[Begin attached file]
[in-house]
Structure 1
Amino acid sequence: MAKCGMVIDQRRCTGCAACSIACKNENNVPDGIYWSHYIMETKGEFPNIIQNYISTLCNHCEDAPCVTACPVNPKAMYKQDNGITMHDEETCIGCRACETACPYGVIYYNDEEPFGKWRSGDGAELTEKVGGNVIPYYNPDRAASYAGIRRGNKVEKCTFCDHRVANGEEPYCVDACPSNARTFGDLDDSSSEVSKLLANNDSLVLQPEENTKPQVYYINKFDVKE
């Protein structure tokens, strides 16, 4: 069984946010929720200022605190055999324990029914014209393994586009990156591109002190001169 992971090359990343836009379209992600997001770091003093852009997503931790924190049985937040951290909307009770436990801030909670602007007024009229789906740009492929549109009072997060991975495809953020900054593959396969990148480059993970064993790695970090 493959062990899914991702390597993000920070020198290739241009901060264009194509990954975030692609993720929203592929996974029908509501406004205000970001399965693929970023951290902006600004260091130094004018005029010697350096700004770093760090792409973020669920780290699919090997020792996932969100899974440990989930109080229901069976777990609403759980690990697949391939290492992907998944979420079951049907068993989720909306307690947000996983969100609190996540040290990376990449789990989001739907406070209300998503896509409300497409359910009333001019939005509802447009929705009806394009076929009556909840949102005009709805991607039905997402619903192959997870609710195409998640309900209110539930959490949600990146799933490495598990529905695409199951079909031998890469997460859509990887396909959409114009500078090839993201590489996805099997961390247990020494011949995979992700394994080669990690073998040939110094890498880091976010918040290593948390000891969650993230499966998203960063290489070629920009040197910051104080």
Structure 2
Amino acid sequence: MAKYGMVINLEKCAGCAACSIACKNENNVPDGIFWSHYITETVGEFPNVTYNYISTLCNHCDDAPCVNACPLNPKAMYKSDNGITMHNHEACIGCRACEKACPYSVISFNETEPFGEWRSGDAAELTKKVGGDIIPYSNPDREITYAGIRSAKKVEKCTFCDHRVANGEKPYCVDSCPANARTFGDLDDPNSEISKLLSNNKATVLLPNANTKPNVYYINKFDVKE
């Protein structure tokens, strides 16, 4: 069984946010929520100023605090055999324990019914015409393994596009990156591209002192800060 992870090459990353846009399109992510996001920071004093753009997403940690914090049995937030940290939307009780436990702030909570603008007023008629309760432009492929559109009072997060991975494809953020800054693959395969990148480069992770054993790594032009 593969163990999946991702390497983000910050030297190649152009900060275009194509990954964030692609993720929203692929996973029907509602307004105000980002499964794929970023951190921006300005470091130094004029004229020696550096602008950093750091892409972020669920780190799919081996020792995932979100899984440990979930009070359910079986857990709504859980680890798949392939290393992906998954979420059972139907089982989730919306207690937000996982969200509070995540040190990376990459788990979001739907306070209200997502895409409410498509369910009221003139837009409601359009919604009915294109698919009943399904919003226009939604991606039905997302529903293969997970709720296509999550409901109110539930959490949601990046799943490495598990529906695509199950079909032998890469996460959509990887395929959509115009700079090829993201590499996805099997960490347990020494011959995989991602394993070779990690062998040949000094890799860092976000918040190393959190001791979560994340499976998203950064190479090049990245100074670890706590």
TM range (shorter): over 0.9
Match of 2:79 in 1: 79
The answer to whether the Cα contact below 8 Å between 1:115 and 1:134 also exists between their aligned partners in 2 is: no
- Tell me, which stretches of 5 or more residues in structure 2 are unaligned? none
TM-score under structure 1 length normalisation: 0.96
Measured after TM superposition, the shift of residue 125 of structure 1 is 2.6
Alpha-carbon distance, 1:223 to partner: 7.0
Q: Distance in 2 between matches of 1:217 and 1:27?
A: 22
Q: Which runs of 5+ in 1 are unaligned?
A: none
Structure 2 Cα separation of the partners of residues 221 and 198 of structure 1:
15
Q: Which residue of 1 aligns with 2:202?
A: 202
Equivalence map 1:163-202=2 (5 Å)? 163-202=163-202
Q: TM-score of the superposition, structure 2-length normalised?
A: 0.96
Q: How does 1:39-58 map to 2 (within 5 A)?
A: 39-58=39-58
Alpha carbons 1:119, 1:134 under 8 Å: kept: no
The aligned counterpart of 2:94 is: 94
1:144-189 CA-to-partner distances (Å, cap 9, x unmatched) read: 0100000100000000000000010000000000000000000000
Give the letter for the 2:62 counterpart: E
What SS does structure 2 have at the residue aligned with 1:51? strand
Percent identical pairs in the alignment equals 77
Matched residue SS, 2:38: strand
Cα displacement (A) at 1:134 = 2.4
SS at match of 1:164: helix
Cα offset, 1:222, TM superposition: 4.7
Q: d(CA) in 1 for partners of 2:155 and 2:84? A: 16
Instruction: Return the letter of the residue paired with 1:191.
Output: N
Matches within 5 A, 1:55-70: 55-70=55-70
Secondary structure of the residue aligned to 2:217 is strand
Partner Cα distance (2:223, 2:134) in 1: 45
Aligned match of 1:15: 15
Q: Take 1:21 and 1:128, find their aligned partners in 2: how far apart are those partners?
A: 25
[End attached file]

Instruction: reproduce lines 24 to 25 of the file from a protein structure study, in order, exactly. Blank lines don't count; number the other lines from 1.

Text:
Q: TM-score of the superposition, structure 2-length normalised?
A: 0.96